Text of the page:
Senior Sonya Jampel rises to become best nordic skier in state, tells her story

Photo courtesy of Sonya Jampel

Photo courtesy of Sonya Jampel

Blake Krantz

by Blake Krantz and Andrew Mannix
After four years, two state championships, and another second place finish, senior Sonya Jampel has finished her nordic career at this school. She started racing as a freshman, and has seen tremendous growth in the following years, leading and representing nordic at this school.
“Freshman year I had a race where a ski fell off and I decided it would be a good idea to continue without it,” said Jampel.
This would not be indicative of her future in nordic skiing, for as the nordic ski captain, Jampel would go on to have great success in the years thereafter, rising to become the top skier in the state.
Jampel was state champion this year and sophomore year, as well as the runner-up junior year by a boot, in addition to qualifying for Nationals in Truckee, CA this February.
According to Jampel, Nationals was “definitely a good experience,” one in which Jampel “learned a lot” while racing the entire weekend with the best nordic skiers in the country.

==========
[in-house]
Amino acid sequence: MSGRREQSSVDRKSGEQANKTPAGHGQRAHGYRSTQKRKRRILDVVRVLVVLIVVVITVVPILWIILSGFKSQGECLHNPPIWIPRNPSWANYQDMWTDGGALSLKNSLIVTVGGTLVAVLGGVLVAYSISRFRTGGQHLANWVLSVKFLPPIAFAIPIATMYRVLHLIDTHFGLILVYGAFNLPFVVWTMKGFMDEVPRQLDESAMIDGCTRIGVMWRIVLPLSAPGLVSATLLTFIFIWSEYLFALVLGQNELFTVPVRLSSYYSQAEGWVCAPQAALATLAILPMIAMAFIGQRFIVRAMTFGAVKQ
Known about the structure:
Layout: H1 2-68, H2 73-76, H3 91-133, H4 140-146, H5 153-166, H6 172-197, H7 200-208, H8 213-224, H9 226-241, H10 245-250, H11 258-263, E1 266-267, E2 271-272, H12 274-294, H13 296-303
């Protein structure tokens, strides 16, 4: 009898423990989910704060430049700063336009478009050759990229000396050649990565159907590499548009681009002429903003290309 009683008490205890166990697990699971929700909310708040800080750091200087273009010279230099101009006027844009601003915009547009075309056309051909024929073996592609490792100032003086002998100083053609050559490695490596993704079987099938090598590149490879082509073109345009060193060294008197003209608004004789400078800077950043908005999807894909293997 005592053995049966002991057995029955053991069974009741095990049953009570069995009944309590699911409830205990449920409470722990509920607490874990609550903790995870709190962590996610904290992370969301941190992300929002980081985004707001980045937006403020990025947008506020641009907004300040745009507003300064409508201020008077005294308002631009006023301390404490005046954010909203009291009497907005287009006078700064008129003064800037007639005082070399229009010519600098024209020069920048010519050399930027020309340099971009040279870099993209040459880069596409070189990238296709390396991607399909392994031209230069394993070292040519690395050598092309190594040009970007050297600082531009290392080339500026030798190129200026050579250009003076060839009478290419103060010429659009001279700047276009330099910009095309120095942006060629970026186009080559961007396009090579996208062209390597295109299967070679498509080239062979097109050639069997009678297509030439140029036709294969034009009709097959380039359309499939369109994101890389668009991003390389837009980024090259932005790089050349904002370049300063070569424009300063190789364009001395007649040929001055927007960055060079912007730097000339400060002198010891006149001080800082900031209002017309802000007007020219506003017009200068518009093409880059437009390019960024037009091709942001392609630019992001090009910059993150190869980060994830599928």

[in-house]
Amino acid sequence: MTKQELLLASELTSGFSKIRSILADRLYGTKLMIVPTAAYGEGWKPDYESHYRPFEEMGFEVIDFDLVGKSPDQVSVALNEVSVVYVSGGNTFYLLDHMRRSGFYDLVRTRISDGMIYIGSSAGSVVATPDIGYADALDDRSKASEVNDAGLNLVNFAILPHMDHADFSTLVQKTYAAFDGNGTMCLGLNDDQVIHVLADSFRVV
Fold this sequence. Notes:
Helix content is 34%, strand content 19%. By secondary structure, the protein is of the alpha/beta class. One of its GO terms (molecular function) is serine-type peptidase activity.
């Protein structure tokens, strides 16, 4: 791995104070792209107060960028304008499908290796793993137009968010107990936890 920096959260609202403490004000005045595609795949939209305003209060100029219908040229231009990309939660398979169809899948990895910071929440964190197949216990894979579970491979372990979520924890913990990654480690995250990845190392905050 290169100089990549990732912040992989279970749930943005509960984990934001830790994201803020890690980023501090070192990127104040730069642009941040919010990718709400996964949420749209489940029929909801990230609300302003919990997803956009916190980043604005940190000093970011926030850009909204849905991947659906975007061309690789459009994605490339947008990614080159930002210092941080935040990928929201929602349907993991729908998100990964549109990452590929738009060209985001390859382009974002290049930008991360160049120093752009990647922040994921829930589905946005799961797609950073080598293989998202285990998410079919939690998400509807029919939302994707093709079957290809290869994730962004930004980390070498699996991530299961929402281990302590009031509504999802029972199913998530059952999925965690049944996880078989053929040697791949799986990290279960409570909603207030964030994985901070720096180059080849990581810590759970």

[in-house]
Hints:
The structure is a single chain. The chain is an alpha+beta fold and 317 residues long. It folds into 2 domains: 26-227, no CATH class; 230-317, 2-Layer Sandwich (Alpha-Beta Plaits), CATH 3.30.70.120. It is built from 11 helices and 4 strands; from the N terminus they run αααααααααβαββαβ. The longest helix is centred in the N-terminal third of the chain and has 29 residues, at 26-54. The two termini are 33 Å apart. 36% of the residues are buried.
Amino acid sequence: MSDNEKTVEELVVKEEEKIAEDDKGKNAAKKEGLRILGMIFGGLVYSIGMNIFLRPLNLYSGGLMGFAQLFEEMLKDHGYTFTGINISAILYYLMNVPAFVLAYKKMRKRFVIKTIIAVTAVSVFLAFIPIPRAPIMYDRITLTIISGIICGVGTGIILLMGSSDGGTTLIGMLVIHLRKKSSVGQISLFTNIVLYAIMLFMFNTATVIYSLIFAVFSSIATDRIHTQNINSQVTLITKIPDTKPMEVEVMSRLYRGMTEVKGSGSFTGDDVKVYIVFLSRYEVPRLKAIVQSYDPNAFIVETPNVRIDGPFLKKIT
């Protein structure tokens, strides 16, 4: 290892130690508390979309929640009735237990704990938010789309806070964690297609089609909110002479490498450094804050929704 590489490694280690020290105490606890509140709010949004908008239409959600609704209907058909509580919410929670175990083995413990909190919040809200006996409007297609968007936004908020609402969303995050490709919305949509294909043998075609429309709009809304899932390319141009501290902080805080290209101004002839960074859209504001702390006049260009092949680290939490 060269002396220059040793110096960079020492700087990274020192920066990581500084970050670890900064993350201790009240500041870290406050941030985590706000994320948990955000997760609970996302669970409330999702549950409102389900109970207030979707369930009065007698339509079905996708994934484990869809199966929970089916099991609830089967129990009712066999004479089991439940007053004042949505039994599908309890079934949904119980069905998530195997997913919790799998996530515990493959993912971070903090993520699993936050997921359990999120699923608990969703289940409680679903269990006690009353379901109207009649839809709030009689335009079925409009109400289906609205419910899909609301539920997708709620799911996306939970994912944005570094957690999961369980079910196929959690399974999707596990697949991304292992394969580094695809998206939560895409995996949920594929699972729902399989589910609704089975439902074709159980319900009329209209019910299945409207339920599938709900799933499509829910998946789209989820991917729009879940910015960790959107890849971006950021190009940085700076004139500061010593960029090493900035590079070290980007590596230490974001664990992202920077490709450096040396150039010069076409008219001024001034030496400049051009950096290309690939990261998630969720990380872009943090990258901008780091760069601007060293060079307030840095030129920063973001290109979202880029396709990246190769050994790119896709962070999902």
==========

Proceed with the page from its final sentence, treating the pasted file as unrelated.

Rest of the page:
Unfortunately, Jampel did not achieve the same amount of success in California as she did in States, struggling with the the altitude of roughly 7000 feet.
Jampel said she thought that she “was adjusted, but  felt very lethargic as if [she] had already raced.”
But despite her enormous success, Jampel was not always the skier she is today. Jampel went skiing for the first time in seventh grade, but she did not start skiing frequently until eighth grade, before beginning to race during her freshman year.
“I’m proud of how quickly I’ve picked up the sport, because a lot of people start when they they are really young.” “It has been really exciting to watch my improvement.”
Before Jampel was a skier, she ran cross country. One of her friends told her that skiing is more fun and that it would be a great opportunity to cross train. Jampel listened to her friend because it’s good to “switch it up” and “to not get hurt.”
What Jampel did not know is that she would soon rise to become the best in the state. She is even “upset that [she] didn’t start earlier.”
Nowadays, nordic has come full-circle for Jampel, who now prides herself on “teaching [her] brother Jacob, who is a freshman, how to ski,” to whom Jampel “showed the ropes” when he joined the high school team this year.
Jampel is “really proud of being the nordic captain” at this school, something that “means a lot” to her. She is also happy that she was “able to turn it around and teach the younger kids”, and working together with her co-captains Lauren Benson, Alyssa Kahn, and Alex Klavens.
Likely due to her immensely positive experience with the sport, Jampel hopes that many people become exposed to nordic, or any other sport which keeps them occupied.
“I firmly believe that everyone should try a sport and have exercise as a part of their life, because it makes them healthier.”